Recovery care coordinators provide ‘boots on the ground’ support
| Air Force Personnel Center Public Affairs | Dec. 29, 2016
Recovery Care Coordinator Jeffrey Leyrer discusses programs and benefits with Tech. Sgt. Joshua Robistow in the Medical Treatment Facility on Grand Forks Air Force Base, North Dakota. Leyrer is one of 42 RCCs who are strategically placed at bases throughout the Air Force. (U.S. Air Force courtesy photo) (Photo by Staff Sgt. David Dobrydney)
JOINT BASE SAN ANTONIO-RANDOLPH, Texas —
During his 30-year Air Force career, Keith Mondloch spent much of his time on the flightline as an aircraft maintainer, but he also devoted many hours as a senior NCO helping young Airmen with personnel, financial and legal issues.
“If I couldn’t help them myself, I made sure I found the right person or office for them to contact,” Mondloch said.
Although he hung up his blues in 2011, the retired chief master sergeant continues to be an advocate for Airmen by serving as a recovery care coordinator for the Air Force Wounded Warrior Program at Mountain Home Air Force Base, Idaho.
Mondloch is one of 42 RCCs who are strategically placed at bases throughout the Air Force to help wounded, ill, and injured service members, their caregivers and their families navigate the recovery, rehabilitation and reintegration process.
Assisting wounded warriors in recovery requires a team effort involving the commander, medical and non-medical community – all operating together to provide the best possible support to wounded warriors and their families.
RCCs provide face-to-face care and assistance for wounded warriors by serving as the focal point for coordinating medical and non-medical care and services. They develop comprehensive recovery plans and have an extensive knowledge of support programs and processes.
“Being an RCC is really an extension of what I did on active duty,” Mondloch said. “I am here to help people. As RCCs, we’re basically considered ‘boots on the ground’ and meet regularly with recovering service members to discuss their concerns.”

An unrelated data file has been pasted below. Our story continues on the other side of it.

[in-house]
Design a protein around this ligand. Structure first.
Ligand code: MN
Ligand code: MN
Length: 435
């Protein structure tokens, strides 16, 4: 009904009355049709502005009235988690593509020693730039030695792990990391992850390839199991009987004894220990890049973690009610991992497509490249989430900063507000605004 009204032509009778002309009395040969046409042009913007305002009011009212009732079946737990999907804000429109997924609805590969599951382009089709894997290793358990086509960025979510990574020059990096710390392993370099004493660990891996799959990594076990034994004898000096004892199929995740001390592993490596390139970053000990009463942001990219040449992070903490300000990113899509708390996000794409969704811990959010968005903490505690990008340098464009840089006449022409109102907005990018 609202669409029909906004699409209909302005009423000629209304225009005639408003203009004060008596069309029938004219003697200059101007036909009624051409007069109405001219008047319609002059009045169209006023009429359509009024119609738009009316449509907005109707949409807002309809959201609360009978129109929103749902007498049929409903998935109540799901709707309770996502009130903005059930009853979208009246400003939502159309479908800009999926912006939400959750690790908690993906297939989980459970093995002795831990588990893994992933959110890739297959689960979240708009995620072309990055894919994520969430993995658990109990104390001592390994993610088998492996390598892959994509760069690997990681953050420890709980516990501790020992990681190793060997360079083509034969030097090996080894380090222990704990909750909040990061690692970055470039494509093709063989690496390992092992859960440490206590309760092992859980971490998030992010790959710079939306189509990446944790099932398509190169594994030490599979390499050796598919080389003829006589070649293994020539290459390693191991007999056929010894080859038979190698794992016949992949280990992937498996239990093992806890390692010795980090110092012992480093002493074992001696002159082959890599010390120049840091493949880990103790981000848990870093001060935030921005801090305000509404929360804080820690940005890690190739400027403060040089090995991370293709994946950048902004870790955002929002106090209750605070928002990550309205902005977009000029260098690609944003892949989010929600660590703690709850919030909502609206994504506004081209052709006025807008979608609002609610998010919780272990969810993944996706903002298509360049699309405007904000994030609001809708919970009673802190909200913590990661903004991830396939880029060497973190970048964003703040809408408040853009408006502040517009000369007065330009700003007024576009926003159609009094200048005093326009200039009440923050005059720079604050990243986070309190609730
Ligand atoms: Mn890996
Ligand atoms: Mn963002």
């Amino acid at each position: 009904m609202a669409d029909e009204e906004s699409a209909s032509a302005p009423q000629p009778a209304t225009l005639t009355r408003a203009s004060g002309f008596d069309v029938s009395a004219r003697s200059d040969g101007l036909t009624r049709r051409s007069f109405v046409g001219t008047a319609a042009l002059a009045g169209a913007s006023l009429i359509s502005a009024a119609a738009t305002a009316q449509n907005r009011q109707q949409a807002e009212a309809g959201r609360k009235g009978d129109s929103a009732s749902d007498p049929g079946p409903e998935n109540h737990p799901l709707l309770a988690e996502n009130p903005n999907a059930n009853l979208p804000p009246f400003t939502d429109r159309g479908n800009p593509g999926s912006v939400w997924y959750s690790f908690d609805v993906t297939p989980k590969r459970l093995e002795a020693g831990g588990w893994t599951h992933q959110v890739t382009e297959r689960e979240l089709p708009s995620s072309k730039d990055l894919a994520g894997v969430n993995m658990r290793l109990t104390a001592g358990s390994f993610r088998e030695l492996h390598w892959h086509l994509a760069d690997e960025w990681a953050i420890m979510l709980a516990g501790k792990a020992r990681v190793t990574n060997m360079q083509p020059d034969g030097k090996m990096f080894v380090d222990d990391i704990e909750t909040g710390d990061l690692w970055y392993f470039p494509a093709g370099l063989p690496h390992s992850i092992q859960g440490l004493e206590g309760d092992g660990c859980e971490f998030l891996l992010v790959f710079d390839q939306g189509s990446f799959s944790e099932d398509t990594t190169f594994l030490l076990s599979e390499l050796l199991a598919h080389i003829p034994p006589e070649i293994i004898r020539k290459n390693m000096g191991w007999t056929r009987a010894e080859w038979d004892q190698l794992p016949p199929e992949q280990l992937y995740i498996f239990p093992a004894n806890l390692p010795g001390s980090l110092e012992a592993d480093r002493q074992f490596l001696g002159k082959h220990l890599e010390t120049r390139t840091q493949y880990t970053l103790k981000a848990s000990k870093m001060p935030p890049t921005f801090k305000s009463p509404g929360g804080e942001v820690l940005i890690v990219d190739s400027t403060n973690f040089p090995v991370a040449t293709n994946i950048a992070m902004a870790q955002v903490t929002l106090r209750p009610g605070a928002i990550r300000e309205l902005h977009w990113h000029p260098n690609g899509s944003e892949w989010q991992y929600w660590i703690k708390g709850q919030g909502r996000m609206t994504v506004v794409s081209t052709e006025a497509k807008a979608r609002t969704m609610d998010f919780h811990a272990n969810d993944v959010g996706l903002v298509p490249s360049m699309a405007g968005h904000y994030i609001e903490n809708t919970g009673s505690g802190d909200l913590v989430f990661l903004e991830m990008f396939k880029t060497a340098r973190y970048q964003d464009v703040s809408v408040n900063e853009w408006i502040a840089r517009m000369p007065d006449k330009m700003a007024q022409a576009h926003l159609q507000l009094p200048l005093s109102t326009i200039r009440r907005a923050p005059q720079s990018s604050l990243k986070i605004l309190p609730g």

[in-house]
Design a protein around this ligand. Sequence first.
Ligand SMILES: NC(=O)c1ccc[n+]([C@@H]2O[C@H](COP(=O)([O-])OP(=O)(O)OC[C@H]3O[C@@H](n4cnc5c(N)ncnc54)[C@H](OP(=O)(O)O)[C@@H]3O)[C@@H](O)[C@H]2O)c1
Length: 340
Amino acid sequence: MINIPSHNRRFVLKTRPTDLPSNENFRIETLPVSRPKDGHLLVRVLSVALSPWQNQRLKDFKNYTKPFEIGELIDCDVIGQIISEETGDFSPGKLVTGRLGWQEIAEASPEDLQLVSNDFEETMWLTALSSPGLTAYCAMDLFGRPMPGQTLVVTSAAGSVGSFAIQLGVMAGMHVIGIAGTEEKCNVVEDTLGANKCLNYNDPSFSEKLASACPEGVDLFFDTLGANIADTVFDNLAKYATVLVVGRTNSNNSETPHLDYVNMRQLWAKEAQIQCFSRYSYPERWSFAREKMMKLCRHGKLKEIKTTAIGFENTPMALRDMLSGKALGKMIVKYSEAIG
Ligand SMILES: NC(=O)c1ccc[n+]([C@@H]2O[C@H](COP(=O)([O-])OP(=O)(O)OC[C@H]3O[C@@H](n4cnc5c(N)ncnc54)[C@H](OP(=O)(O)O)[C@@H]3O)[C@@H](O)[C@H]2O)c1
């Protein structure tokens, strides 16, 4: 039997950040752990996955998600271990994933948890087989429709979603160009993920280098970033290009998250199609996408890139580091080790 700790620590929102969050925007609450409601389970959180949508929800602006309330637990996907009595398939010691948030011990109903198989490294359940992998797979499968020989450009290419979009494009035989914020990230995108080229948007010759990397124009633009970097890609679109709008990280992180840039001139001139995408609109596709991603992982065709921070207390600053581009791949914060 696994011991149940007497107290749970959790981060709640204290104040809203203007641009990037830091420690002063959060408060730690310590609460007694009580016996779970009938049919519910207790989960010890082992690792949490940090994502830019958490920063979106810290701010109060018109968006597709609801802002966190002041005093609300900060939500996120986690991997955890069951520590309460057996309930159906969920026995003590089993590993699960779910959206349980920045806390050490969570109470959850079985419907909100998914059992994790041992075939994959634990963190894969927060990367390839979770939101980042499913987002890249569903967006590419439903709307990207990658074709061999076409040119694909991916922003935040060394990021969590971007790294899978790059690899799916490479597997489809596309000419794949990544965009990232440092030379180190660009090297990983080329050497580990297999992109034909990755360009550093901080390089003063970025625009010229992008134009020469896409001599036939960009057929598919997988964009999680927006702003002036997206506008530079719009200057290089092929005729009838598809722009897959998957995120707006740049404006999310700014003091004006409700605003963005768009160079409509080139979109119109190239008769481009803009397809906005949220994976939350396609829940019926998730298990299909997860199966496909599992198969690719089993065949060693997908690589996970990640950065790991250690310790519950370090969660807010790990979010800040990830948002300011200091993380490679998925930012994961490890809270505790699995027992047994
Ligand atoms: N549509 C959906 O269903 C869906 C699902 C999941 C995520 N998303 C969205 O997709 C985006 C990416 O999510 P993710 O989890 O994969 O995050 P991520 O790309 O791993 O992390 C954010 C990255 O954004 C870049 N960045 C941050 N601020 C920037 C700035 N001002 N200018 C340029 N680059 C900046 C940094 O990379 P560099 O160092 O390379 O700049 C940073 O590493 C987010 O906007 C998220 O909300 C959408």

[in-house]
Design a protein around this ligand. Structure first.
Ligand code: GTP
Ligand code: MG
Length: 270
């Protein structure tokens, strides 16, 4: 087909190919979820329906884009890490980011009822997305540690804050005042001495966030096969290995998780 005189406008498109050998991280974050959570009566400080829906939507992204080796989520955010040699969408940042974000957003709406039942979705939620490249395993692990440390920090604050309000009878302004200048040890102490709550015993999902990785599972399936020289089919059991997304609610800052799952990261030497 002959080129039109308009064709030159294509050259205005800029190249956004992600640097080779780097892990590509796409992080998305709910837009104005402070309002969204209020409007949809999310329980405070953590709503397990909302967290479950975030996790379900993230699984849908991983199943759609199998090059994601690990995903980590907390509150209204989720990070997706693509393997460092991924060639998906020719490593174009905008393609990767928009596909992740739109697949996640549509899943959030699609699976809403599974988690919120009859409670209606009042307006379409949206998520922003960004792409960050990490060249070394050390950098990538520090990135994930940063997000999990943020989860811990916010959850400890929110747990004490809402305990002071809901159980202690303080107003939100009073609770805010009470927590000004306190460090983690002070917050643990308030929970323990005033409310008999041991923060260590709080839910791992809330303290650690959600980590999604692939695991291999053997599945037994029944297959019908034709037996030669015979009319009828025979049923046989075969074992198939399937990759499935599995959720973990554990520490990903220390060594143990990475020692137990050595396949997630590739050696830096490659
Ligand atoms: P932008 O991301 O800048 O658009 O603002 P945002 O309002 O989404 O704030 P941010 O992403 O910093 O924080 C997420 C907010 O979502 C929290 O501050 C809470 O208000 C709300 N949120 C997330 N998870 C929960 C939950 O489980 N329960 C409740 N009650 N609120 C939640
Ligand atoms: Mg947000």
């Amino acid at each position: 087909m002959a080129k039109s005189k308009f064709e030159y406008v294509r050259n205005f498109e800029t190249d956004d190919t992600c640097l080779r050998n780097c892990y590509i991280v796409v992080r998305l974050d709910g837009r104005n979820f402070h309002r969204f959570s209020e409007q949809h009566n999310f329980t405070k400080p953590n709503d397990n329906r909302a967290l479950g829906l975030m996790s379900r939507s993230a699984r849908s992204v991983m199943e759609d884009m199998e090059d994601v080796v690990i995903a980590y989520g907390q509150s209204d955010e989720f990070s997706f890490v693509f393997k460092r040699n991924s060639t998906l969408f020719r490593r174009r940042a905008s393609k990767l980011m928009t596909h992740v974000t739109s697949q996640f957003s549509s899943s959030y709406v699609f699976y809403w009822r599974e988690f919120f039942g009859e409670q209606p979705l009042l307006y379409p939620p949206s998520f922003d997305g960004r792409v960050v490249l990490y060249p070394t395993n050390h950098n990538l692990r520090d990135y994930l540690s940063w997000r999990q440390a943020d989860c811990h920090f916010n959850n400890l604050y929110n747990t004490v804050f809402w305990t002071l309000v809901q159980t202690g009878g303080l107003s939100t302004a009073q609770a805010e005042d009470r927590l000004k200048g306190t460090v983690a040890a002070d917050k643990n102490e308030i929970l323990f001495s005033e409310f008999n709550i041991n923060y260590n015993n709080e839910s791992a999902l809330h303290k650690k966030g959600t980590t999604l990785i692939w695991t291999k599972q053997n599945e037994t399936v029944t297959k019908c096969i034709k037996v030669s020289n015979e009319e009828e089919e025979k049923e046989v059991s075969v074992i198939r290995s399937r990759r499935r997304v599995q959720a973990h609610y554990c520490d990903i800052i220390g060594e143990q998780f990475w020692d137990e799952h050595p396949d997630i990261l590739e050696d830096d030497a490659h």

While not in all cases, most RCCs work in military treatment facilities so they can work closely and collaborate with the medical team. RCCs brief members on eligibility benefits and compensation, cultivate contacts in the local community with a number of helping agencies, assist with various applications (Traumatic Servicemembers’ Group Life Insurance, Social Security Disability Insurance, etc.), research answers on members’ medical evaluation board status, help guide members through the Air Force’s Integrated Disability Evaluation System, along with a variety of other tasks.
Once service members are enrolled in the program, they are each assigned an RCC and one of the 27 non-medical recovery care managers at the Air Force Personnel Center’s Warrior Care Division here.
One of those managers, Cynthia Iniguez, says the main part of her job is to make sure the RCCs have the resources and tools they need to help members at the base level.
“We assist with a variety of personnel and career issues, whether it is help in updating and correcting military records or help with promotion or pay issues,” Iniguez said. “We’re here to help in any way we can.”
Clinical case managers, physical evaluation board liaison officers, commanders, first sergeants and caregivers are also key components of the care management team and all play an integral part in the recovery process.
“Although each of us bring our own expertise, we all work together as a team for the benefit of the service member,” Mondloch said.
Recently, Mondloch helped a service member complete, submit and staff an application for Special Compensation for Assistance with Activities of Daily Living. This allowed the family to receive financial compensation for the wife’s work with her husband after he had been seriously injured in a motorcycle accident. After the accident, she had to take a leave of absence without pay from her job to assist her husband.
The AFW2’s care management team helps families receive compensation they are entitled to, but may not be aware they are eligible for. In fiscal year 2016, the program’s staff helped wounded, ill, and injured Airmen and their families receive about $13.5 million in needed benefits.
“I am an advocate for the member and their interests,” Mondloch said. “It can be extremely chaotic and stressful for service members after an illness or injury. Many times, returning to active duty is not an option for the recovering service member, so I am there to assist with their next life transition and to make it as smooth as possible.”
Visit www.woundedwarrior.af.mil for more information about the AFW2 and how to enroll. For more information about Air Force personnel programs, go to myPers. Individuals who do not have a myPers account can request one by following these instructions.